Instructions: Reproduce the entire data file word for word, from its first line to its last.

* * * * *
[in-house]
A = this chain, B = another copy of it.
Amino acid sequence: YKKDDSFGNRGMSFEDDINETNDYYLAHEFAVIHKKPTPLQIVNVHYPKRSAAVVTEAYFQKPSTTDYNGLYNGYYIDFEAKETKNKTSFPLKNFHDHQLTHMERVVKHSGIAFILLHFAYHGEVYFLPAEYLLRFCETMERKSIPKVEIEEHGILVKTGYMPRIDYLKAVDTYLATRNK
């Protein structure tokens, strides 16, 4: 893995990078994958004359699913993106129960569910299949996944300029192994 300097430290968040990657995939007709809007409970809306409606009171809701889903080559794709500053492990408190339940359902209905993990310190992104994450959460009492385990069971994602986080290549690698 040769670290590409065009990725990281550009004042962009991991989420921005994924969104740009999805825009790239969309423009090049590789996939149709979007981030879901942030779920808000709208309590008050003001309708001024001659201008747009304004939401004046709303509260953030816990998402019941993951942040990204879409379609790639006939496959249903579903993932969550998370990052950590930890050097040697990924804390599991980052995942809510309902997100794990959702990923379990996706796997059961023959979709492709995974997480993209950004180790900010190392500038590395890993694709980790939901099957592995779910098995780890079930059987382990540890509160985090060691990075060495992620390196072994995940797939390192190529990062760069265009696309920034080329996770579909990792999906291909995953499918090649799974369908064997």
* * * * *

[in-house]
A = this chain, B = another copy of it.
Amino acid sequence: YKKDDSFGNRGMSFEDDINETNDYYLAHEFAVIHKKPTPLQIVNVHYPKRSAAVVTEAYFQKPSTTDYNGLYNGYYIDFEAKETKNKTSFPLKNFHDHQLTHMERVVKHSGIAFILLHFAYHGEVYFLPAEYLLRFCETMERKSIPKVEIEEHGILVKTGYMPRIDYLKAVDTYLATRNK
């Protein structure tokens, strides 16, 4: 893995990078994958004359699913993106129960569910299949996944300029192994 300097430290968040990657995939007709809007409970809306409606009171809701889903080559794709500053492990408190339940359902209905993990310190992104994450959460009492385990069971994602986080290549690698 040769670290590409065009990725990281550009004042962009991991989420921005994924969104740009999805825009790239969309423009090049590789996939149709979007981030879901942030779920808000709208309590008050003001309708001024001659201008747009304004939401004046709303509260953030816990998402019941993951942040990204879409379609790639006939496959249903579903993932969550998370990052950590930890050097040697990924804390599991980052995942809510309902997100794990959702990923379990996706796997059961023959979709492709995974997480993209950004180790900010190392500038590395890993694709980790939901099957592995779910098995780890079930059987382990540890509160985090060691990075060495992620390196072994995940797939390192190529990062760069265009696309920034080329996770579909990792999906291909995953499918090649799974369908064997």